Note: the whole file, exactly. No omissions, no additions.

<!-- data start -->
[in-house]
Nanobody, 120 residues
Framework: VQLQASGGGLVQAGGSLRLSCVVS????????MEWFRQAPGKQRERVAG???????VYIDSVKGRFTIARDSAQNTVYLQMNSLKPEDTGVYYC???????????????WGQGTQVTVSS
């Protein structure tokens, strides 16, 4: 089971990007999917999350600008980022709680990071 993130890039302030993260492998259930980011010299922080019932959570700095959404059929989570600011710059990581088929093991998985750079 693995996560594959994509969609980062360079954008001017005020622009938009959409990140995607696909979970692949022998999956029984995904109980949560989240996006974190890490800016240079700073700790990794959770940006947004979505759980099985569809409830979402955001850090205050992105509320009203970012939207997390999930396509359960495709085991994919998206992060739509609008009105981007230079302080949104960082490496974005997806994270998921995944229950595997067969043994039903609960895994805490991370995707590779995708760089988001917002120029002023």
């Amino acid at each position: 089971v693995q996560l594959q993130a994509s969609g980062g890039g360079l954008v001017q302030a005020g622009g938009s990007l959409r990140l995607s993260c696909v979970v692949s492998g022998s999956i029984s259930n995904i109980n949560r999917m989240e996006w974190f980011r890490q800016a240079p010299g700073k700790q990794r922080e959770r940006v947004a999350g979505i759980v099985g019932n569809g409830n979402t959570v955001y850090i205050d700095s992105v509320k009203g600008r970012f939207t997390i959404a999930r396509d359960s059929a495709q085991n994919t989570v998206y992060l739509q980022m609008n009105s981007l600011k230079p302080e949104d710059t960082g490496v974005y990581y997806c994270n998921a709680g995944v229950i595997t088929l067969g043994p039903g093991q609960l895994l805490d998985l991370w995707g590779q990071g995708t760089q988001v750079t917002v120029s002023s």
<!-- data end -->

[in-house]
Nanobody, 120 residues
Framework: VQLQASGGGLVQAGGSLRLSCVVS????????MEWFRQAPGKQRERVAG???????VYIDSVKGRFTIARDSAQNTVYLQMNSLKPEDTGVYYC???????????????WGQGTQVTVSS
């Protein structure tokens, strides 16, 4: 089971990007999917999350600008980022709680990071 993130890039302030993260492998259930980011010299922080019932959570700095959404059929989570600011710059990581088929093991998985750079 693995996560594959994509969609980062360079954008001017005020622009938009959409990140995607696909979970692949022998999956029984995904109980949560989240996006974190890490800016240079700073700790990794959770940006947004979505759980099985569809409830979402955001850090205050992105509320009203970012939207997390999930396509359960495709085991994919998206992060739509609008009105981007230079302080949104960082490496974005997806994270998921995944229950595997067969043994039903609960895994805490991370995707590779995708760089988001917002120029002023």
């Amino acid at each position: 089971v693995q996560l594959q993130a994509s969609g980062g890039g360079l954008v001017q302030a005020g622009g938009s990007l959409r990140l995607s993260c696909v979970v692949s492998g022998s999956i029984s259930n995904i109980n949560r999917m989240e996006w974190f980011r890490q800016a240079p010299g700073k700790q990794r922080e959770r940006v947004a999350g979505i759980v099985g019932n569809g409830n979402t959570v955001y850090i205050d700095s992105v509320k009203g600008r970012f939207t997390i959404a999930r396509d359960s059929a495709q085991n994919t989570v998206y992060l739509q980022m609008n009105s981007l600011k230079p302080e949104d710059t960082g490496v974005y990581y997806c994270n998921a709680g995944v229950i595997t088929l067969g043994p039903g093991q609960l895994l805490d998985l991370w995707g590779q990071g995708t760089q988001v750079t917002v120029s002023s």